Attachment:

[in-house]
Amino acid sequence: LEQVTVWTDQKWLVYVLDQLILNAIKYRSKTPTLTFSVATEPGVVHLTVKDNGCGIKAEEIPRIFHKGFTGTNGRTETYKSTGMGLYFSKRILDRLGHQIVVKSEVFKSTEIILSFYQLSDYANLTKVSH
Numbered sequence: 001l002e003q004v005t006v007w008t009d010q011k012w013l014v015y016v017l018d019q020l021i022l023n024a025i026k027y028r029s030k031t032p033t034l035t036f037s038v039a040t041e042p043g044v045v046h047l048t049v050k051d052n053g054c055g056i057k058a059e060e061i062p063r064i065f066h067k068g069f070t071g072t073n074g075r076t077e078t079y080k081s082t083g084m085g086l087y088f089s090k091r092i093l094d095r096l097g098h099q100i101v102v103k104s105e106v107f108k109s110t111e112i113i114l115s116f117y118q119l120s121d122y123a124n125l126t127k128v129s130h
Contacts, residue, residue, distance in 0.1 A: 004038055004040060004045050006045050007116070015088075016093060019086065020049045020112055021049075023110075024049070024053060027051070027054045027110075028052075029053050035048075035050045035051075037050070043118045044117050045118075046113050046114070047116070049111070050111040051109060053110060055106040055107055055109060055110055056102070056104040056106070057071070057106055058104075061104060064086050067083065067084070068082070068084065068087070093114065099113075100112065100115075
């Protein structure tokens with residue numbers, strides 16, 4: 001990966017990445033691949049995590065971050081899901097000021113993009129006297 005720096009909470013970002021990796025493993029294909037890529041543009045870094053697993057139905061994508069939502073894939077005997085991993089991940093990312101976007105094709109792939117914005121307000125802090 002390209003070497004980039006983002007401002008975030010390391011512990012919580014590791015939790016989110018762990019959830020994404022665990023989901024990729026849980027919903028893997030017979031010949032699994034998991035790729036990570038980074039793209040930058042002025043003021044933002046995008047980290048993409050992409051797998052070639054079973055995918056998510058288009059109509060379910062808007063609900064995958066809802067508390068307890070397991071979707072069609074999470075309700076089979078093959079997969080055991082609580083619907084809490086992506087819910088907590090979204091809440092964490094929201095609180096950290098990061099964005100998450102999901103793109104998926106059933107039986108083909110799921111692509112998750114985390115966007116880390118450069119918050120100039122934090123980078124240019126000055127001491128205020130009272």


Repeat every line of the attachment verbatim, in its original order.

[in-house]
Amino acid sequence: LEQVTVWTDQKWLVYVLDQLILNAIKYRSKTPTLTFSVATEPGVVHLTVKDNGCGIKAEEIPRIFHKGFTGTNGRTETYKSTGMGLYFSKRILDRLGHQIVVKSEVFKSTEIILSFYQLSDYANLTKVSH
Numbered sequence: 001l002e003q004v005t006v007w008t009d010q011k012w013l014v015y016v017l018d019q020l021i022l023n024a025i026k027y028r029s030k031t032p033t034l035t036f037s038v039a040t041e042p043g044v045v046h047l048t049v050k051d052n053g054c055g056i057k058a059e060e061i062p063r064i065f066h067k068g069f070t071g072t073n074g075r076t077e078t079y080k081s082t083g084m085g086l087y088f089s090k091r092i093l094d095r096l097g098h099q100i101v102v103k104s105e106v107f108k109s110t111e112i113i114l115s116f117y118q119l120s121d122y123a124n125l126t127k128v129s130h
Contacts, residue, residue, distance in 0.1 A: 004038055004040060004045050006045050007116070015088075016093060019086065020049045020112055021049075023110075024049070024053060027051070027054045027110075028052075029053050035048075035050045035051075037050070043118045044117050045118075046113050046114070047116070049111070050111040051109060053110060055106040055107055055109060055110055056102070056104040056106070057071070057106055058104075061104060064086050067083065067084070068082070068084065068087070093114065099113075100112065100115075
């Protein structure tokens with residue numbers, strides 16, 4: 001990966017990445033691949049995590065971050081899901097000021113993009129006297 005720096009909470013970002021990796025493993029294909037890529041543009045870094053697993057139905061994508069939502073894939077005997085991993089991940093990312101976007105094709109792939117914005121307000125802090 002390209003070497004980039006983002007401002008975030010390391011512990012919580014590791015939790016989110018762990019959830020994404022665990023989901024990729026849980027919903028893997030017979031010949032699994034998991035790729036990570038980074039793209040930058042002025043003021044933002046995008047980290048993409050992409051797998052070639054079973055995918056998510058288009059109509060379910062808007063609900064995958066809802067508390068307890070397991071979707072069609074999470075309700076089979078093959079997969080055991082609580083619907084809490086992506087819910088907590090979204091809440092964490094929201095609180096950290098990061099964005100998450102999901103793109104998926106059933107039986108083909110799921111692509112998750114985390115966007116880390118450069119918050120100039122934090123980078124240019126000055127001491128205020130009272």